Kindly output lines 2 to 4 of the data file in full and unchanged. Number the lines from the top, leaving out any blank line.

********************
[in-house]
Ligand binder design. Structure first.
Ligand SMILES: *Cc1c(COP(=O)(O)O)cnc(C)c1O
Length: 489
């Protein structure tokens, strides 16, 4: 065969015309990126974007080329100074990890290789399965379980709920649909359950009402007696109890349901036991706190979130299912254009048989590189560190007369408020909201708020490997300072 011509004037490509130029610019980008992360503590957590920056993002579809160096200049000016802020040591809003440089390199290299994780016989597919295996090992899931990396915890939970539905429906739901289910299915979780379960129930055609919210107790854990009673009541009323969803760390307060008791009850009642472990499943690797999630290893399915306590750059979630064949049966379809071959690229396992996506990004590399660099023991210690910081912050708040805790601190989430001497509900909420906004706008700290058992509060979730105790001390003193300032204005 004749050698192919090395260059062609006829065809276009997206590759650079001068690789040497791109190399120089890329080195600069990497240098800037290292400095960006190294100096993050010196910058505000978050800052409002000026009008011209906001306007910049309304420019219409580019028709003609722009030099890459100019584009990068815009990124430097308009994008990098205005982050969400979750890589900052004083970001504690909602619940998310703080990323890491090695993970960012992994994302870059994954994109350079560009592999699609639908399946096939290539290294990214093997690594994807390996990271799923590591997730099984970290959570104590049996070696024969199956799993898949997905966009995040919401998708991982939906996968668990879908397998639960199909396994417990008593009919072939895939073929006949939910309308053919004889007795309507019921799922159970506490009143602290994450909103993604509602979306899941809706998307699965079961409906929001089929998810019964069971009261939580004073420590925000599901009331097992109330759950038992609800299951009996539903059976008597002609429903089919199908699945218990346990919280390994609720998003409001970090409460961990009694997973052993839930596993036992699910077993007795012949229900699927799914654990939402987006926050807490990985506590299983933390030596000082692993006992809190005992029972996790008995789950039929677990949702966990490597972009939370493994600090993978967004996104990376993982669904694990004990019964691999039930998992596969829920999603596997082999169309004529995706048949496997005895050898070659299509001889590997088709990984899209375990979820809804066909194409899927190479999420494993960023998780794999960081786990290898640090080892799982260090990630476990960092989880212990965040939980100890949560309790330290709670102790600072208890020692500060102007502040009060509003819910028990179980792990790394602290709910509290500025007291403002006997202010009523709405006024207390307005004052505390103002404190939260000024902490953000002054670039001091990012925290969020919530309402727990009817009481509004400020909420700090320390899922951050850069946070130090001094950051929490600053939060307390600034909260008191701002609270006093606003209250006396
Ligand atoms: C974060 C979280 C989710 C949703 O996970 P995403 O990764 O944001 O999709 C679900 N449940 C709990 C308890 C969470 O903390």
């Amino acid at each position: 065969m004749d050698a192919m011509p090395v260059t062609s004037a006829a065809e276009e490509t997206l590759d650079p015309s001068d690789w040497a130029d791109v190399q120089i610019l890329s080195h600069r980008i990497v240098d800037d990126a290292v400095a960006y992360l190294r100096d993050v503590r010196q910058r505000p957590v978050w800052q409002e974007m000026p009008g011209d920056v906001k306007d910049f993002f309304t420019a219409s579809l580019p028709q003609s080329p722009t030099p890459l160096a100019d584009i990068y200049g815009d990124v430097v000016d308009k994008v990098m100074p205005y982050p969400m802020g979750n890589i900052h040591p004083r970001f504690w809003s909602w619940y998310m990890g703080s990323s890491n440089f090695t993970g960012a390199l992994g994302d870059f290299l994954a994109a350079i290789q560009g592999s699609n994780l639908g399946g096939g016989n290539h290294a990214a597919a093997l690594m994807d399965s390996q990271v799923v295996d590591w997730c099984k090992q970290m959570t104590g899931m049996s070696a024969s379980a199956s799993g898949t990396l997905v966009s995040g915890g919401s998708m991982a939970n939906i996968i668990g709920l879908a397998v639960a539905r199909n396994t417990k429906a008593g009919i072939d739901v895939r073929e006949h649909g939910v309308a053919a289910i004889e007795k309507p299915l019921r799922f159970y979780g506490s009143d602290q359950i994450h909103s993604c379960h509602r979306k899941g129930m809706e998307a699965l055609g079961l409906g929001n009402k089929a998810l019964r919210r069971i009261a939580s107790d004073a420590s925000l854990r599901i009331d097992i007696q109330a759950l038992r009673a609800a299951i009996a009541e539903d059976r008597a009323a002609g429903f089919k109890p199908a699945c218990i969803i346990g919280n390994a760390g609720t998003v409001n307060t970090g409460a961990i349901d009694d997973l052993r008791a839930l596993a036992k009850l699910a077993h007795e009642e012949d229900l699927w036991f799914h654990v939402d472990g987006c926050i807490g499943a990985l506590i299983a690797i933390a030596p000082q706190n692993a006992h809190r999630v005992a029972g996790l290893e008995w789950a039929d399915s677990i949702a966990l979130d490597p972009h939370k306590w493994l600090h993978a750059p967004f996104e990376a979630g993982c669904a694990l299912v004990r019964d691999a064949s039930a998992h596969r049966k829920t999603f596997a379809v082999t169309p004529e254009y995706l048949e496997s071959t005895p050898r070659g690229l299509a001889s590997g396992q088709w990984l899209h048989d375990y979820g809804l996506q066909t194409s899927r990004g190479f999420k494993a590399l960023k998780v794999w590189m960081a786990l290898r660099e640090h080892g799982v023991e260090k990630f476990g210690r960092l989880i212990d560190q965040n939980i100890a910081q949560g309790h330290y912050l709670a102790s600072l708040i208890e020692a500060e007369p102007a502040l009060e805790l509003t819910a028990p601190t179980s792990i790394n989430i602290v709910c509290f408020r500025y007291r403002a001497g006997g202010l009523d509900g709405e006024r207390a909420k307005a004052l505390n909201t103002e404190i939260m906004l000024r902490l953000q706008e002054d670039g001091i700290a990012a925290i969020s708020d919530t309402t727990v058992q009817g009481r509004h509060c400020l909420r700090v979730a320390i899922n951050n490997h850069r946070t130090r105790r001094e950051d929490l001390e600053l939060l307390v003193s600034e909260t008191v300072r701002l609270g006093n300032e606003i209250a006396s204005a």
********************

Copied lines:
Ligand binder design. Structure first.
Ligand SMILES: *Cc1c(COP(=O)(O)O)cnc(C)c1O
Length: 489